Industrial Internet of Things (IIoT): In a supply chain, an IIoT network is made up of connected equipment and items with sensors and unique identifiers that allow them to send and receive digital data. They gather information and communicate with the main system.
AI can evaluate and understand this data to help companies make quick choices and automate workflows and procedures throughout the supply chain.
Additive (3D) Printing: Smart factories can quickly reprogram 3D printers to make specific goods on demand without disrupting typical business operations for the long term.
Supply networks can safeguard themselves from disruption by having access to possible virtual stocks.
Autonomous Technology: Robots and drones can adjust their procedures on demand to meet quickly changing needs since they are intelligently automated for speed, efficiency, and precision. They also lessen the risk of injury by removing unduly repetitive or dangerous activities from human workers.
Data: Big Data, advanced analytics, and real-time insights are at the heart of the most resilient supply chain solutions.
Supply chain technology can be adjusted to work at their quickest and most resilient speeds when equipped with a modern ERP system and an in-memory database.
Supply Chain Strategies To Building A Resilient Supply Chain
Inventory and capacity buffers is the first strategy. Buffer capacity, whether in the form of underutilized production facilities or inventories in excess of safety stock requirements, is the most straightforward way to improve resilience.
The problem is that buffers are costly, and supply chain directors may have a hard time convincing the C-suite that they are necessary
For new product launches or expansions into new growth areas, leading companies use buffers in the form of surge capacity.
Organizations can also establish buffer capacity by carefully utilizing contract manufacturers for their surge requirements.
Diversification of the manufacturing network – As a result of the trade war between the United States and China, many businesses have begun to diversify their sourcing and manufacturing bases.
For some, this has meant finding new suppliers outside of China or asking existing partners to source supplies from other parts of Asia or nations like Mexico.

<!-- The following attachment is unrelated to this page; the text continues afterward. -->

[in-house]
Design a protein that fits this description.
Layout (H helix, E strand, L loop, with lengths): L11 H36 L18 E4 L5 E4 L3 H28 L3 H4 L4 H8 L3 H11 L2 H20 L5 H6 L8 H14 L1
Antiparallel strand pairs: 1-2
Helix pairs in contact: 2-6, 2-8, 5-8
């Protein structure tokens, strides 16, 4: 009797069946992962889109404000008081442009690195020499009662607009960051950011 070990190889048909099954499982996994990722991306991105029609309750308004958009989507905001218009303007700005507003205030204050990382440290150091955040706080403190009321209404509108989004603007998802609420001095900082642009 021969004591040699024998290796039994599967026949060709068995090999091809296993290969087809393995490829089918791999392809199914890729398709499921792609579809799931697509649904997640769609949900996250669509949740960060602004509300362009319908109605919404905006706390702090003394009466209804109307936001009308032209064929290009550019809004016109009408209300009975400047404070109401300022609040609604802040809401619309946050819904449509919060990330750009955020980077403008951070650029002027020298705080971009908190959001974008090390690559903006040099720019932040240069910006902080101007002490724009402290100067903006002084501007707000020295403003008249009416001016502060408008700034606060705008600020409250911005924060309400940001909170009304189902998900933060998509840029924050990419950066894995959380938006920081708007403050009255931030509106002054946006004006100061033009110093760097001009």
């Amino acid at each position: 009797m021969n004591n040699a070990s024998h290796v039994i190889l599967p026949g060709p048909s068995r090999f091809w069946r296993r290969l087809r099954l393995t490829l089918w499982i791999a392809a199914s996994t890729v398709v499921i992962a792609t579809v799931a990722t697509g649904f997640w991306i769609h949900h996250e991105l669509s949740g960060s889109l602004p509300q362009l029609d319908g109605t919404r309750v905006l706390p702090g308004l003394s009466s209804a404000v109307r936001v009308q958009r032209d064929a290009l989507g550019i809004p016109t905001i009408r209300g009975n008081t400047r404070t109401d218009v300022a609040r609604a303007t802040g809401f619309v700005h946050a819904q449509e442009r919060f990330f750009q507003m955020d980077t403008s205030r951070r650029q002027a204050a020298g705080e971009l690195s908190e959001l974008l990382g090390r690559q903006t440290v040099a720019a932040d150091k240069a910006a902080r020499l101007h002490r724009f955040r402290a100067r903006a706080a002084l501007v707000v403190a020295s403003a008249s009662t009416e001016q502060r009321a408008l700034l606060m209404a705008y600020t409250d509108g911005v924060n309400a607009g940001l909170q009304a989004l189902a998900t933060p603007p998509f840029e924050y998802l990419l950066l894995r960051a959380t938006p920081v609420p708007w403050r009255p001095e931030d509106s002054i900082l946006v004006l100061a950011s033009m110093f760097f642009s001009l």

Multisourcing comes next – Major natural catastrophes in Japan and Thailand in 2011 disrupted global supply networks, exposing corporations’ reliance on single sources of supplies. Nearly finished cars in the automotive industry were unable to be shipped to customers due to missing, and often inexpensive, components. Multisourcing is a straightforward strategy to reduce this risk.
To develop a Multisourcing strategy, supply chain leaders must have a thorough understanding of their supplier networks and be able to categorize suppliers not just by spend, but also by revenue effect in the event of a disruption. Diversification can be accomplished by giving business to new suppliers or collaborating with an existing single- or sole-source supplier who can manufacture in many places.
Nearshoring follows Multisourcing – Some firms desire to eliminate geographic dependence in their worldwide networks and shorten cycle times for final products in addition to multisourcing. Because they add more participants and complexity to the ecosystem, regional or local supply chains might be more expensive, but they allow for more inventory management and bring the product closer to the end consumer.
Platform, product or plant harmonization – To allow items to travel effortlessly throughout the network, plant technology must be more harmonized as the network becomes more regionalized. One well-known example of harmonization in the automobile sector is the usage of common vehicle platforms for a number of models.
Another way to harmonize is to standardize components across many products, especially those that aren’t visible or vital to the client. This streamlines sourcing procedures and allows for bigger volumes to be distributed across multiple vendors, increasing resiliency.
Ecosystem partnerships – The COVID-19 incident has demonstrated the importance of a diverse sourcing strategy. Collaboration with strategic raw material suppliers and external service partners, on the other hand, is critical to ensuring future preparedness and resilience.
Strong ties with contract manufacturers and global 3PLs can be critical in diversifying production and distribution to several nations for enterprises lacking the ability to handle multiple sites on their own.
According to a Gartner survey data, roughly half of supply chain organizations are either using external manufacturers or exploring how they can support product moves, with a similar proportion enlisting the help of logistics partners.